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Book for linux newbies [closed]

Book for linux newbies [closed]

Got a friend / next door neighbour who just bought a new computer that came with a linux distro on it (Fedora!). She's been using Windows all the time till now, but now didn't want to pay for new Windows licence, got this for no charge, and she wants to start learning and using it. A bright gal, no doubt about that, but every learning process includes either reading a good book, or asking a lot of questions, or bugging your neighbour.

Asked by: Guest | Views: 91
Total answers/comments: 5
Guest [Entry]

"Fedora Linux: A Complete Guide to Red Hat's Community Distribution.

Ubuntu for Non-Geeks, 2nd Edition: A Pain-Free, Project-Based, Get-Things-Done Guidebook also seems to have a good buzz and positive reviews though it is Ubuntu based."
Guest [Entry]

"Not a real answer, but you should know one thing about ""Linux books for beginners"":

Unlike other beginner books about operating systems, a usual Linux beginners book
will in most cases teach you:

how to use the command line,
how to compile C/C++ programs,
how to edit system configuration files,
how to start/stop services,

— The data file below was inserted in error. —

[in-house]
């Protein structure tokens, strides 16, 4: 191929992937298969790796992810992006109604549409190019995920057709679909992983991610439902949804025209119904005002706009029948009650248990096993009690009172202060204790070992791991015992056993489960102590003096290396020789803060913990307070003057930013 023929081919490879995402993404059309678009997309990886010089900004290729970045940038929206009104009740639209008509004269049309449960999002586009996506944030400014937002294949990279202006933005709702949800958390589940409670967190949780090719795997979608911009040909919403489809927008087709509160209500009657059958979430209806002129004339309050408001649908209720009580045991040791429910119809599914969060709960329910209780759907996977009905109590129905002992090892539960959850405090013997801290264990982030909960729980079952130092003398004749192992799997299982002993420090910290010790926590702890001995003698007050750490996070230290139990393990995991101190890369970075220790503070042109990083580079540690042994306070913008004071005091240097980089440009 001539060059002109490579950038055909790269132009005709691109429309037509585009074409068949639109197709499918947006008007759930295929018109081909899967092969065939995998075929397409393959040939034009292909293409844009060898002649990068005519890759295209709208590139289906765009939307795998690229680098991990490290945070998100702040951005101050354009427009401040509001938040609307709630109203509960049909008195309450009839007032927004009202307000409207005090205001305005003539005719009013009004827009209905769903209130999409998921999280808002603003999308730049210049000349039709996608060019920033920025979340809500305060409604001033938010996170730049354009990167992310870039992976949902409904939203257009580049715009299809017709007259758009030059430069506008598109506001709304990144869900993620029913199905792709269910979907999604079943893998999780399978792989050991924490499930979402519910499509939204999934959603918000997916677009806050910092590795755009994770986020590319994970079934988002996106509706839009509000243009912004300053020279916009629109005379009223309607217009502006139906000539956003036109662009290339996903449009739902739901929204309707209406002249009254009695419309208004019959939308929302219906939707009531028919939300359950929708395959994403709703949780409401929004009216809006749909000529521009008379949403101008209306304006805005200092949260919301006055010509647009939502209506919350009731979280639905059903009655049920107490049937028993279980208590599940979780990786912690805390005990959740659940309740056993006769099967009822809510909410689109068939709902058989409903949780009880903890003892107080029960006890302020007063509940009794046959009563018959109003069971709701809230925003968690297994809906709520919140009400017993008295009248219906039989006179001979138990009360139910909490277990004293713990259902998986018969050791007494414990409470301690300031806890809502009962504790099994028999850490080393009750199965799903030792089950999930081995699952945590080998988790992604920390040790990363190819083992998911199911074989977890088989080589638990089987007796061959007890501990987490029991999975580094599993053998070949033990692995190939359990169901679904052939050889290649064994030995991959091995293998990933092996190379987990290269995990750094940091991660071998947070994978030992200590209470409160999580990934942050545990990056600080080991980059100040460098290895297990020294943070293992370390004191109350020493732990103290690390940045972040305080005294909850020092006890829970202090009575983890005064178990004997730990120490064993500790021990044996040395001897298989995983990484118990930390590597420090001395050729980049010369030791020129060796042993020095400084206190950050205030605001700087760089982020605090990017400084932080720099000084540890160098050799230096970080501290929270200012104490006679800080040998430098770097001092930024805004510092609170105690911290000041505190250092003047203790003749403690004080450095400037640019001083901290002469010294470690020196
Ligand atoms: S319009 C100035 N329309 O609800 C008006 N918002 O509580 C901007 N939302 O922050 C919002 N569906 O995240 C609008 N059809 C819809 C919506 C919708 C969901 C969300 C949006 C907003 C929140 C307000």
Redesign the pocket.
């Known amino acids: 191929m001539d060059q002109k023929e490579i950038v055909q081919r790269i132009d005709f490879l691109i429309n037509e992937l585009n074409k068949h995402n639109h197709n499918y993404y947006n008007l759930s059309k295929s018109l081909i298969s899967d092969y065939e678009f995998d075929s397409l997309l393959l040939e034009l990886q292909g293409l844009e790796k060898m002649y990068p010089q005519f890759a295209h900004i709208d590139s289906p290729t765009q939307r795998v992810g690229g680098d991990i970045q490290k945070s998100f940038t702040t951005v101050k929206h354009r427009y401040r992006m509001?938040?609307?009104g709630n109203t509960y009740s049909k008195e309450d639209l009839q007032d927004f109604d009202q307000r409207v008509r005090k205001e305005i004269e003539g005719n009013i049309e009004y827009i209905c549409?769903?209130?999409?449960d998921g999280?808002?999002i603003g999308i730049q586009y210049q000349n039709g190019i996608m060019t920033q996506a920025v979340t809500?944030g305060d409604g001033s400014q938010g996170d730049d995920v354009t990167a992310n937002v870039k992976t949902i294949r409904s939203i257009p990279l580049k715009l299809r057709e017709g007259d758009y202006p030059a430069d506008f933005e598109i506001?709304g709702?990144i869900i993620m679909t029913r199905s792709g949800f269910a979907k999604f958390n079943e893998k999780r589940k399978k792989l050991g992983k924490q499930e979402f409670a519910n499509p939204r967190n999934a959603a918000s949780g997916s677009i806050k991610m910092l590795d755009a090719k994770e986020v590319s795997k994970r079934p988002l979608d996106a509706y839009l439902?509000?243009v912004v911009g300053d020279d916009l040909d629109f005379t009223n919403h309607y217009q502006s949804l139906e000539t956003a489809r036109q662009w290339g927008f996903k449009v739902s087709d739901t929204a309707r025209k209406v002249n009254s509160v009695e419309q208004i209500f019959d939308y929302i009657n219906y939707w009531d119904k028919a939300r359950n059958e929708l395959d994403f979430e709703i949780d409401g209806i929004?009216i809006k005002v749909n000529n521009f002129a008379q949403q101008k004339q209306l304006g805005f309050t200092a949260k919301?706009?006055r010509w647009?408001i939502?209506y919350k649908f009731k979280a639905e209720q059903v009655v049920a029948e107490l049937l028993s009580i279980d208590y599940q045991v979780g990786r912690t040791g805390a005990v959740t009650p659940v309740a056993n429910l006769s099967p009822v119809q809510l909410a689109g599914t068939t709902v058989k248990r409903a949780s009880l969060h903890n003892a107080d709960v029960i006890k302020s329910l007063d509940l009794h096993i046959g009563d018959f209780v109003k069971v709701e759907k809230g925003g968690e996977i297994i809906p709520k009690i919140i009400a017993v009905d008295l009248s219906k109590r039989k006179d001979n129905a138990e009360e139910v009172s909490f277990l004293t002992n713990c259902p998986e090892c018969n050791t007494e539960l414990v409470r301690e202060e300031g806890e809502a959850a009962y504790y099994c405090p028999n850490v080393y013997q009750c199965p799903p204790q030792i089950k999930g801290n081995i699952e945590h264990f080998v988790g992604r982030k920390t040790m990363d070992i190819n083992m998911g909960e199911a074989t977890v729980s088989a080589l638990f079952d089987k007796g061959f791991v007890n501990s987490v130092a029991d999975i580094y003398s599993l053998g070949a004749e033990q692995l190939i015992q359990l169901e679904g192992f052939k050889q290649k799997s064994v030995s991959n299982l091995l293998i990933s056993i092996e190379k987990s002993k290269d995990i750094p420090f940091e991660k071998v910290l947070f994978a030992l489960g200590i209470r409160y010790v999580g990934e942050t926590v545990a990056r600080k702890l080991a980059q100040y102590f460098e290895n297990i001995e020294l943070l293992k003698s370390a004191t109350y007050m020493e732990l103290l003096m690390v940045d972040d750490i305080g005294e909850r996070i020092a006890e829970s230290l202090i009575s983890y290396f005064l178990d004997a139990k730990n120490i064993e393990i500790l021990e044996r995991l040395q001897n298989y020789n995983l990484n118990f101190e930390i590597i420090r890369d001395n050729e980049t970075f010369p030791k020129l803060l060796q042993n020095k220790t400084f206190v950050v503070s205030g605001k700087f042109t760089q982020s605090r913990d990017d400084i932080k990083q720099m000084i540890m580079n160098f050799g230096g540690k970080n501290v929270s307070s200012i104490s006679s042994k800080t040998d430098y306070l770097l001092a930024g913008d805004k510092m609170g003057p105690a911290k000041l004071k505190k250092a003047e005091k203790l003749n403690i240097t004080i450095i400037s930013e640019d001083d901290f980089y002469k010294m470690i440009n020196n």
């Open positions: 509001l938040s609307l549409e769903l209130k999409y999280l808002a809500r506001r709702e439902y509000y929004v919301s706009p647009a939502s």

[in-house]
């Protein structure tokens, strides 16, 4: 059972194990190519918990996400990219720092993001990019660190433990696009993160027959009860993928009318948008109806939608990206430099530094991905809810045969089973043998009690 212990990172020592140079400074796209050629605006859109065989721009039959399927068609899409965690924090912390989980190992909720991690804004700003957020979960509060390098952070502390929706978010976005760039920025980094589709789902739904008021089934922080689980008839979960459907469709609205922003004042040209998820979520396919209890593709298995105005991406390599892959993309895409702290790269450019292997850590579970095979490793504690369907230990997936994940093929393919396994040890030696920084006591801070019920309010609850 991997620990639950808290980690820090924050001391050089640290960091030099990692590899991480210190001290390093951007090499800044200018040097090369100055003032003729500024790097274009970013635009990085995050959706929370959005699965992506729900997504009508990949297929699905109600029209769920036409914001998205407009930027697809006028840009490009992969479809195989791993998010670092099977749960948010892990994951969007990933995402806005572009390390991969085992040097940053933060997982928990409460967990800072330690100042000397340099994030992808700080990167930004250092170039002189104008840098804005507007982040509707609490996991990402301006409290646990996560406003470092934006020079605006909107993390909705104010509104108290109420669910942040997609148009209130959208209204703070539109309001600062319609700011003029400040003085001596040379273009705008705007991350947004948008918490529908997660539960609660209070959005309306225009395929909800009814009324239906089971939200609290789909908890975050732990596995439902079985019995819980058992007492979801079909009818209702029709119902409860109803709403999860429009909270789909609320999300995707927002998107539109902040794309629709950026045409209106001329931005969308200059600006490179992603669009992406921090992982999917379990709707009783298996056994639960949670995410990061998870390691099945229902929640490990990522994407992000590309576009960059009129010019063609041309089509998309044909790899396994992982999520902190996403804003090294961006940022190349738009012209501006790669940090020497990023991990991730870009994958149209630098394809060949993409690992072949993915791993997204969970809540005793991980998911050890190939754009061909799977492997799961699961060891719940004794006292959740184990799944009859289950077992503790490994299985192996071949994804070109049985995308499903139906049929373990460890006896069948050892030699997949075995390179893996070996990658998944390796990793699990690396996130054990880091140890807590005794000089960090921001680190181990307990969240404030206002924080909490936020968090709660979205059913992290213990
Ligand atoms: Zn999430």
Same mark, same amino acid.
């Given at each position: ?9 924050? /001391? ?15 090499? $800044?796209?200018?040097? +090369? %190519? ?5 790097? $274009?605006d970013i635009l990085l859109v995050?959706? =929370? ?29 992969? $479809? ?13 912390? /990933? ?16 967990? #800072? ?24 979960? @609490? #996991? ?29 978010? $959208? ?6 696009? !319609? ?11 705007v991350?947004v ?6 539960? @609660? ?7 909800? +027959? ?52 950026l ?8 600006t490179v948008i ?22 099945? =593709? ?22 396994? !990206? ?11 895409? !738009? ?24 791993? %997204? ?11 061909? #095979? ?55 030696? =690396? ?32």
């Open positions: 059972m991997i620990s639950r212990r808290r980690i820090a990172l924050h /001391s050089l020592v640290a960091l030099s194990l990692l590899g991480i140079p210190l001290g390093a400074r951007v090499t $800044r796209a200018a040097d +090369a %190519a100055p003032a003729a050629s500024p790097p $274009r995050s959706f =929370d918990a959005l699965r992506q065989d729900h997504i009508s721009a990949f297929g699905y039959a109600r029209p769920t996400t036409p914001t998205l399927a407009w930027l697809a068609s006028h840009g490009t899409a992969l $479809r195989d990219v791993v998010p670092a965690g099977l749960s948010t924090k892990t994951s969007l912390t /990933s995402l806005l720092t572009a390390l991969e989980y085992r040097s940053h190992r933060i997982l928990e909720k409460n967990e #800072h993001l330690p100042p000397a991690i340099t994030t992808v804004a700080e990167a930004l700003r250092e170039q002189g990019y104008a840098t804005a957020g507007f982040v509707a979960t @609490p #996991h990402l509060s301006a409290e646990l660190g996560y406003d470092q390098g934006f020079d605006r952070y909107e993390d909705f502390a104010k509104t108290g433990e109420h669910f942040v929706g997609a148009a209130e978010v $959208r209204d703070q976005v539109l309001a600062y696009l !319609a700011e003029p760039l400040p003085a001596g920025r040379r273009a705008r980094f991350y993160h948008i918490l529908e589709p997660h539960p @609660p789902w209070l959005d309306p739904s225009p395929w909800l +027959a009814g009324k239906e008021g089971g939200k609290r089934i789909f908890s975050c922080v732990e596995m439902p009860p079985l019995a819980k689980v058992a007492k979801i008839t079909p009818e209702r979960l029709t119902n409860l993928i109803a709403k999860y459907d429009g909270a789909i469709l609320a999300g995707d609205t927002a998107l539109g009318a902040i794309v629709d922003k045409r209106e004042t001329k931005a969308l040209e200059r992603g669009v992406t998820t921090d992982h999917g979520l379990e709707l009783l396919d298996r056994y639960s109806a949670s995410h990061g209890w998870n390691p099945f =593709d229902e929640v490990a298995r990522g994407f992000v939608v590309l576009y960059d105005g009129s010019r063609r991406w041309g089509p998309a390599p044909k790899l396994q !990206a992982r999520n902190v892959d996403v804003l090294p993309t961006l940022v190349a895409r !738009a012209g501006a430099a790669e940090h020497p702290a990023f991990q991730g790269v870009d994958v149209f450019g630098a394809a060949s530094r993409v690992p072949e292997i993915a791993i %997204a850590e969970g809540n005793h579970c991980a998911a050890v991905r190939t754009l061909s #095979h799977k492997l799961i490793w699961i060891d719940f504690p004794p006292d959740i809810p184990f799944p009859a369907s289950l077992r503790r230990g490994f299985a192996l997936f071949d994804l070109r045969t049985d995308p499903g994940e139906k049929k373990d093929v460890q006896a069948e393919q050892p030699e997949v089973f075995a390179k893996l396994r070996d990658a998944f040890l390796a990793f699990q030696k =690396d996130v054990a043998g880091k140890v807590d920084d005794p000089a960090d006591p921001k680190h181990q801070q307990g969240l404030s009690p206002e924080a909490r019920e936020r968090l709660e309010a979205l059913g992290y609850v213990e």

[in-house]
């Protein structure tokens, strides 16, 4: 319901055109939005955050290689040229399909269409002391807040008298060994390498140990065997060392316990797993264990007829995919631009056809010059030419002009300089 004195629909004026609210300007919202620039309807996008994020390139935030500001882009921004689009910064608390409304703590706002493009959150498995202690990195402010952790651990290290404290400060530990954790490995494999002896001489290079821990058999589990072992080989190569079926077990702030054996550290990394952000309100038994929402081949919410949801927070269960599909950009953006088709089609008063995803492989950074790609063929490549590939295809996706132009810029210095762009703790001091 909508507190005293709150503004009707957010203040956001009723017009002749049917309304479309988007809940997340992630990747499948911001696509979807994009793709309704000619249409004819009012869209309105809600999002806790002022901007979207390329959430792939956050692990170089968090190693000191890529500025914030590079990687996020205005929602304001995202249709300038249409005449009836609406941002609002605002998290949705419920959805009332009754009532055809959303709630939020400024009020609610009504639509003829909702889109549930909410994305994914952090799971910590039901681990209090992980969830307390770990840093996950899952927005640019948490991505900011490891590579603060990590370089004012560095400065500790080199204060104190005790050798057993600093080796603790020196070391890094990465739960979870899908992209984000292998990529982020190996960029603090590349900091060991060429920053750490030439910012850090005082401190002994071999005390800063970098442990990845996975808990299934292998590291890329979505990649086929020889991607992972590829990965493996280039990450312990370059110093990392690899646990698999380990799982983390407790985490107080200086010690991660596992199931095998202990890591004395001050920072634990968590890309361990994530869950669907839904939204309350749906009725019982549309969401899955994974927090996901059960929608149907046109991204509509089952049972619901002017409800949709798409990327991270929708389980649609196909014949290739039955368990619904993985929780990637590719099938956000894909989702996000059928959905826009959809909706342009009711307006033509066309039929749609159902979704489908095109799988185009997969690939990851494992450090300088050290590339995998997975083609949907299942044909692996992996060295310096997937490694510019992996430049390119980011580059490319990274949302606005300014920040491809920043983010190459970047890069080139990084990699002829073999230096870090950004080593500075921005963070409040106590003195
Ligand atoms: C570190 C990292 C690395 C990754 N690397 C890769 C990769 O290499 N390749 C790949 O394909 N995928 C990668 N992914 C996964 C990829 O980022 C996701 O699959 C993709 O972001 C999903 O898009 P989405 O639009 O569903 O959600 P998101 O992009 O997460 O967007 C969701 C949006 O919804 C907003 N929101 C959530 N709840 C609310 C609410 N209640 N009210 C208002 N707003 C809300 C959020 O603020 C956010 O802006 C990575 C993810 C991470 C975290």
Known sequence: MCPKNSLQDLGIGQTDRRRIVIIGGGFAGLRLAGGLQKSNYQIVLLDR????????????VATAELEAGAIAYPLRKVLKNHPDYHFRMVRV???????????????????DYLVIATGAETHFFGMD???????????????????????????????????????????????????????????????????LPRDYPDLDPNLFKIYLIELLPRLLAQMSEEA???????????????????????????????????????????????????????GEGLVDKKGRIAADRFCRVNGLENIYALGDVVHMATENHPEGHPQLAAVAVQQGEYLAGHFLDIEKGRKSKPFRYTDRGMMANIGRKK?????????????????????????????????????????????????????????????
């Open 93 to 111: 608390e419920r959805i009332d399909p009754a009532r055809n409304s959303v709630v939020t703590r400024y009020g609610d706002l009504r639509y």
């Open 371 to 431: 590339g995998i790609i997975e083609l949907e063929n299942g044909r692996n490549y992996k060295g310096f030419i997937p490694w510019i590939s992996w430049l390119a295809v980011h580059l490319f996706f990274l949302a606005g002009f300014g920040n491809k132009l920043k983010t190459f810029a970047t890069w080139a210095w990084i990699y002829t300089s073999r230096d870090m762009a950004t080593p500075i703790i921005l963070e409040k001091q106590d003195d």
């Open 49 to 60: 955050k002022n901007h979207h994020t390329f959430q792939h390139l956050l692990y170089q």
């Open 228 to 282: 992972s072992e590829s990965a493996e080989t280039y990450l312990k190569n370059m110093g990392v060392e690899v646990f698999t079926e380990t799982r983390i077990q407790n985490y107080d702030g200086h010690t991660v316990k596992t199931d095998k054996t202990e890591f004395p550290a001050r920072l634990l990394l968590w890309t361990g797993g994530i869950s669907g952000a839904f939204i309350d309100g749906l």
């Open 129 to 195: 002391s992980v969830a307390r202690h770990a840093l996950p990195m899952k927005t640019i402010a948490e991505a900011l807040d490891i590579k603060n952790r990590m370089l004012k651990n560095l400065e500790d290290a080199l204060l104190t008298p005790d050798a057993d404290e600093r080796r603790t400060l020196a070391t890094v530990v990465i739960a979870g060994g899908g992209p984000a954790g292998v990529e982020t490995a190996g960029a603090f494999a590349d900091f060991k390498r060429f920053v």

how to write scripts in Perl, Bash, ...

so nothing what a usual beginner really wants or needs to know, to be able to USE the operating system.

You have been warned ;)"
Guest [Entry]

"The Linux Phrasebook by Scott Granneman is a good starter book. Here's the table of contents:

Things to know about your command
The basics
Learning about commands
Building blocks
Viewing files
Printing and managing print jobs
Ownerships and permissions
Archiving and compression
Finding stuff : easy
The find command
Your shell
Monitoring system resources
Installing software
Working on the network
Windows networking

The chapter on installing software is split between deb based (Debian based) systems and rpm based (Red Hat based) systems, so that should work for Fedora."
Guest [Entry]

"When I saw the title, the first thing that came to my mind was rute.

However, as fellow superuser ""linux_is_for_desktop"" noted in his answer, these books are usually about the command line and the such.

So, to answer your question:

Your best bet is to just explore the system through its menus and various other gui elements. If anything is unclear, you can google or ask on superuser.com."
Guest [Entry]

"Books about migration from Windows to Linux would be, from my point of view, most appropriate for a beginner.

Unfortunately, I don't know specific books, but I could find some interesting books searching Amazon and other book stores for

windows linux


windows for linux users"